At first, the darker tone and grittier feel of Christopher Nolan’s vision for a Batman franchise may have seemed risky to the heads of state at Warner Bros., a fact supported by the tentative nature into which they entered the franchise in 2005 with Batman Begins. Ever since Joel Schumacher drove the Batman truck into a forest of brick walls back in the late 90s, the characters of DC comics had been put on cinematic hiatus. But in 2005 and 2006, WB decided to go for broke, handing their two most iconic heroes over to a pair of hotshot directors who had both found success with unique, stylish thrillers. For Batman, it was Memento director Christopher Nolan, and for Superman it was Usual Suspects helmer Brian Singer.
At the time, Singer may have seemed like the better bet, as he had succeeded in getting the X-Men franchise off the ground in a positive way for 20th Century Fox with X-Men in 2000 and X2 in 2003. Nolan on the other hand, had a much shorter but nonetheless impressive resume, which included the highly acclaimed Memento and the mostly underrated thriller Insomnia.
But since the cinematic futures of these two iconic, beloved superheroes, these two directors seem to have gone in a different direction. For Nolan, it has been two films, including The Dark Knight, which just this week became the second highest grossing film of all-time, passing Star Wars: A New Hope. His reinvention of Batman as a dark, authentic character in a Gotham City that could very well exist in the real world has proven to be the perfect formula for the Batman, one that has delivered not only critical praise, but great financial success.
On the other hand, Brian Singer’s Superman franchise stalled after the release of Superman Returns in 2006. His sequel, tentatively titled The Man of Steel, has been caught up in a whirlwind of studio-head anxiety and script problems. Much like George Miller’s Justice League of America movie, it seems that anything that could go wrong in getting Superman another movie has gone wrong. For many fans and pundits, Singer’s Superman-directing days are done and if Warner Bros. ever intends to have success with this character, they will have to re-invent him once again.
Yet, since the release and box office boom of The Dark Knight in late-July and on into this month, some new details have emerged from the bowels of Warner Bros. to suggest that they might just be learning the same lessons. We brought you a report earlier this week that sources inside the studio were talking about ‘rebooting’ the franchise, with or without Singer at the helm. Today, Warner Bros. Pictures President Jeff Robinov was quoted by The Wall Street Journal saying that “now the plan is just to reintroduce Superman.”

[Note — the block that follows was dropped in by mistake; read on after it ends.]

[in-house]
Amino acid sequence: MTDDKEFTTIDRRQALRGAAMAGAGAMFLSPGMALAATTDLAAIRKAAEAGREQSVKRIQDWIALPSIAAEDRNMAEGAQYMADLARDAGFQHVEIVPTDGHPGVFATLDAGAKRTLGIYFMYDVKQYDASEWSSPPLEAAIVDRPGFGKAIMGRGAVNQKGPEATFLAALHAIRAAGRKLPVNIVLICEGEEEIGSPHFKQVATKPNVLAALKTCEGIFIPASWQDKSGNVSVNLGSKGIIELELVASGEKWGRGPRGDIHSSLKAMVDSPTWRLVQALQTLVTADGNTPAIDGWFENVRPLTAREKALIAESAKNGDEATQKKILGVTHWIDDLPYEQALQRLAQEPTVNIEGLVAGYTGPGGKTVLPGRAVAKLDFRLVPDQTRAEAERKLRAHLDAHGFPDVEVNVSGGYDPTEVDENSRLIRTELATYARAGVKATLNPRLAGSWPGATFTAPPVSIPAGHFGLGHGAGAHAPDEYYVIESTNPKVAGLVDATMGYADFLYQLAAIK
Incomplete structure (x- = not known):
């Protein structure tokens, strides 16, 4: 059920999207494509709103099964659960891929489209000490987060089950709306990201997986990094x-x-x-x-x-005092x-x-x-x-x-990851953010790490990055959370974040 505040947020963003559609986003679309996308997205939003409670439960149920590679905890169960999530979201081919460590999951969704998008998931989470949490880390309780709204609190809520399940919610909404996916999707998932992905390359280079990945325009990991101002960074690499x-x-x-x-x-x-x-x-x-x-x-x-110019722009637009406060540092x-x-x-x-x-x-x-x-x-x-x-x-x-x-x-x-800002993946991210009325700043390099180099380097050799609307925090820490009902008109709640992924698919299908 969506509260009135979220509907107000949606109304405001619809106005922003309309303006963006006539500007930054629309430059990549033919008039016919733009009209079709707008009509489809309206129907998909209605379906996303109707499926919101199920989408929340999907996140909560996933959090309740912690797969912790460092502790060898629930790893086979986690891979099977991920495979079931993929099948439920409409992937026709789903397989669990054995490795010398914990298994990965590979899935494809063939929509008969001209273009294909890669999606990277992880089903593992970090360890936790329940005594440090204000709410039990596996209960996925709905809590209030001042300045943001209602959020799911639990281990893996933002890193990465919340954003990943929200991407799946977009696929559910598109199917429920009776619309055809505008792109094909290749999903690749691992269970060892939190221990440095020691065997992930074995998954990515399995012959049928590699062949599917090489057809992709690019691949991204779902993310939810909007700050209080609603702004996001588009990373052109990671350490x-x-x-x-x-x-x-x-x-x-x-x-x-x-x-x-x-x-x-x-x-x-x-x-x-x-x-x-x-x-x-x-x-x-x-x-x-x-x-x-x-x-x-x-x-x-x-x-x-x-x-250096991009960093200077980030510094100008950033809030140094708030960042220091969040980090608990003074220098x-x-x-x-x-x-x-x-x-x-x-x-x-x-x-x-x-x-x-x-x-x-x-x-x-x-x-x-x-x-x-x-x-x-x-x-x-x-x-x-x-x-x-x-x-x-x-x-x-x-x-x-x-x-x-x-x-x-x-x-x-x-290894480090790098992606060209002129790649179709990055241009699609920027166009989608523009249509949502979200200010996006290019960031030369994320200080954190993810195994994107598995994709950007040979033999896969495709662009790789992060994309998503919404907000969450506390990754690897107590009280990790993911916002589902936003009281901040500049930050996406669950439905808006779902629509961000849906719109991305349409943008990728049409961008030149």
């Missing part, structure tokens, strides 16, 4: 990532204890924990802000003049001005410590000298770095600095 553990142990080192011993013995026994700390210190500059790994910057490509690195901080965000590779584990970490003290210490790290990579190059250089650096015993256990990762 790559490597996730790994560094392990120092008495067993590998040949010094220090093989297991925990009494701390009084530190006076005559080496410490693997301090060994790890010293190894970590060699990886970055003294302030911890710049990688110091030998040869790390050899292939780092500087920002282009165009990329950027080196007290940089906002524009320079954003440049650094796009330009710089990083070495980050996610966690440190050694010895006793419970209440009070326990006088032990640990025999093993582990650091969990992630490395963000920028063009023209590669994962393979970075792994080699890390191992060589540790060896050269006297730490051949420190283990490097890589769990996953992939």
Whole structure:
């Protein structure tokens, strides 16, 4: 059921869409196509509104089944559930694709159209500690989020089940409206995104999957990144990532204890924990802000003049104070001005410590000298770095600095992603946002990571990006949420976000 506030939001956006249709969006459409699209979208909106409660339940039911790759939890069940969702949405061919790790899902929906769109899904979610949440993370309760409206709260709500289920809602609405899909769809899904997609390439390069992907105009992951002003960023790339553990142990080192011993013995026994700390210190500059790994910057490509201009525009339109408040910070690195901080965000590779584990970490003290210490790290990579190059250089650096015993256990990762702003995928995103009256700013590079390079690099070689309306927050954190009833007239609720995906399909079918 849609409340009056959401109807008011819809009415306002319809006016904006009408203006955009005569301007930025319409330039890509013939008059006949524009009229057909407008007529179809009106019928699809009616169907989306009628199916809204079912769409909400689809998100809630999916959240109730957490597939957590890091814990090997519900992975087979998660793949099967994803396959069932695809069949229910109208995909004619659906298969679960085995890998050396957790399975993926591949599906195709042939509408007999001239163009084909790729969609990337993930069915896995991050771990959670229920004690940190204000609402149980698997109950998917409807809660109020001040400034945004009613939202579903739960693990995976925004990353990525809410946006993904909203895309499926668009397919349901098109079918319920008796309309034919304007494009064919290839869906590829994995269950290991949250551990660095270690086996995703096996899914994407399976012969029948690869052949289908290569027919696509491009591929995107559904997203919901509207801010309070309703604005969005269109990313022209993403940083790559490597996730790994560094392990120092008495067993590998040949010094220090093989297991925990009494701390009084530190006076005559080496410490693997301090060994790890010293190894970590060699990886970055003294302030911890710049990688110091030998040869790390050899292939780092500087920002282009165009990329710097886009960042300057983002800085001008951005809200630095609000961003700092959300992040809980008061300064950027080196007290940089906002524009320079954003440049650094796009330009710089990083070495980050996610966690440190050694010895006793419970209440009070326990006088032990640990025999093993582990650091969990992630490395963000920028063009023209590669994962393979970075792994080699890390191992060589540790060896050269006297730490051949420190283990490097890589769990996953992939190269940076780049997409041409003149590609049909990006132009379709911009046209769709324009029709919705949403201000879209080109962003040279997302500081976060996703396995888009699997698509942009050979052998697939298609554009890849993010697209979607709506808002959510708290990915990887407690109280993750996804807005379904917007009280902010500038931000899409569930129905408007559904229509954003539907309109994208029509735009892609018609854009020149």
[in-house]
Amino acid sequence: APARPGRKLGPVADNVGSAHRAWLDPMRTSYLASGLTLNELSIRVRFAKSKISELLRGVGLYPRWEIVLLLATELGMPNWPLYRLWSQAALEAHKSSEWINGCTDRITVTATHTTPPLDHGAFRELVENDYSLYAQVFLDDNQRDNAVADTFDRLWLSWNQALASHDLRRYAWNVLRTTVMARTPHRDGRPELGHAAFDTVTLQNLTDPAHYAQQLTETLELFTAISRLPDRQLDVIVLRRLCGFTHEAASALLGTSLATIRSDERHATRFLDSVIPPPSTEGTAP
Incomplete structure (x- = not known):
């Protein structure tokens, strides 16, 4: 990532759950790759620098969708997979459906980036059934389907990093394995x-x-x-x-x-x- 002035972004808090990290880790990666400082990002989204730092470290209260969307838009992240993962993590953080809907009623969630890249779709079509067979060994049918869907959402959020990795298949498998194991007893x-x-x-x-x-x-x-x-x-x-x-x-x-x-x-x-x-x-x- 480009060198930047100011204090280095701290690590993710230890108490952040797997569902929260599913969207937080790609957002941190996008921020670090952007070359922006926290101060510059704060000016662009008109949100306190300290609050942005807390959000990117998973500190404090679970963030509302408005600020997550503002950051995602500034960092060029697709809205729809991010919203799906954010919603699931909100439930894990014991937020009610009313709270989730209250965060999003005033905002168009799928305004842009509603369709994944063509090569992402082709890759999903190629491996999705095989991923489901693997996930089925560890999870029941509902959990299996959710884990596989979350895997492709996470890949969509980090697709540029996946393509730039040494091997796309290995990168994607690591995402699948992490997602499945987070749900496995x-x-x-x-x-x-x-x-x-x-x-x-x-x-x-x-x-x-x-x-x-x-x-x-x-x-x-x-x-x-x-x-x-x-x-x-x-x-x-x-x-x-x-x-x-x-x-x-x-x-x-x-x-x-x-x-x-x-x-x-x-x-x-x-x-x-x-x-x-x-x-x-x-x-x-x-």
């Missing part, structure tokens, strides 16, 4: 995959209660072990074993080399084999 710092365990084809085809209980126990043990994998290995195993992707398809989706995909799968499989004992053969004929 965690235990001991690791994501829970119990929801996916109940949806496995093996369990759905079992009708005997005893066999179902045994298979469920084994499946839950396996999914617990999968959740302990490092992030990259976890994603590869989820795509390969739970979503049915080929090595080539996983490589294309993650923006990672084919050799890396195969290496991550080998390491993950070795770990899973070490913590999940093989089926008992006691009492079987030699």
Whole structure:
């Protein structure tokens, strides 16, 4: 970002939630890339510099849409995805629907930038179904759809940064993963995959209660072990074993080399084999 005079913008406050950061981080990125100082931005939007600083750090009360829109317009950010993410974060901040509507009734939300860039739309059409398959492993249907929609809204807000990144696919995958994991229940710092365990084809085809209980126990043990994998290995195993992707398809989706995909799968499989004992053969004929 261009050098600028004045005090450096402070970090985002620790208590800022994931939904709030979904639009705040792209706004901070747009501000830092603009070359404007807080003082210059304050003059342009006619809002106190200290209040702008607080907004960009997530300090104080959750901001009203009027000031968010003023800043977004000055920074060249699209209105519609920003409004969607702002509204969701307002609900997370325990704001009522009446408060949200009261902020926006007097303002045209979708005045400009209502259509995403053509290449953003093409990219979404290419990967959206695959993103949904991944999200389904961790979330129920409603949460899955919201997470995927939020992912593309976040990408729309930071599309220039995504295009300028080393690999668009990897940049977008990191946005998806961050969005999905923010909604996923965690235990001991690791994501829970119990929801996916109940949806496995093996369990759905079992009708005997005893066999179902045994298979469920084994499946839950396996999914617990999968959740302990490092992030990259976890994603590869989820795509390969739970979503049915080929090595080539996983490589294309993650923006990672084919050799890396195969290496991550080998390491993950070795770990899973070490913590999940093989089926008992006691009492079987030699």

Robinov also told The Wall Street Journal that Warner Bros. is focused on releasing four comic-book films in the next three years, including a third Batman film, a new film reintroducing Superman, and two movies focusing on other DC Comics characters. Movies featuring Green Lantern, Flash, Green Arrow, and Wonder Woman are all in active development.
As well, the report talked about Robinov’s role in the darkening of tone for The Dark Knight:
Many of the studio’s directors credit Mr. Robinov for taking Warner Bros.’ films in a darker and deeper direction. Christopher Nolan, who directed “Batman Begins” and “The Dark Knight,” says Mr. Robinov “really encouraged the logic of the villain” from “Batman Begins.” That led to focusing heavily on the Joker in the sequel. “At the script stage, Jeff really wanted us to be very clear on the Joker’s lack of purpose,” he says.
This change in direction should be a great sign for many fans, many of whom have seen and documented the problems with DC adaptations here on the web over the past few years. It doesn’t take a studio-head to figure out that some of these characters should have their own franchises, and should also be treated with the same earnest approach that Christopher Nolan took to Batman.
In fact, if we really take a close look at what caused Chris Nolan and Brian Singer to go in such different directions, we see that it was all in the approach. At the outset, Nolan’s vision was to re-establish the character in the first film, then add in a great deal of escalation with the second. Almost as if to say to the fans, “I am taking my time, but I am going to give you the Batman movie you deserve.” Singer, on the other hand, took Superman as he existed after the Richard Donner franchise of the late 70s and early 80s. On top of that, he took Superman Returns to an end that left him with almost nowhere to go — they not only failed to connect fans with the character, but they spent Superman’s arch nemesis in one quick shot. It was superhero franchise equivalent of premature ejaculation. And overwhelmingly, it failed, despite making $200 million at the box office.
So while fans can smile again at the thought of Warner Bros. learning their lesson about their superhero franchises, they aren’t exactly out of the woods yet. What The Dark Knight has proven is that the right franchise plan, laid out by the right director, can result in unquantifiable levels of success in the long run. Should Warner Bros. find the right filmmakers to bring the likes of Wonder Woman, Flash and The Green Arrow to the big screen in a very authentic manner, we should all be in for a treat. Much of the same could be in store for Superman, with or without Brian Singer, should they go through with a reboot. The question going forward will be whether or not WB is seriously committed to giving these characters an earnest shot. The answer to that question won’t be known for at least a few years, or as the WSJ reports, sometime around 2011.
Do you think Warner Bros. will commit to going a different direction with their superhero franchises, or will it be more of the same?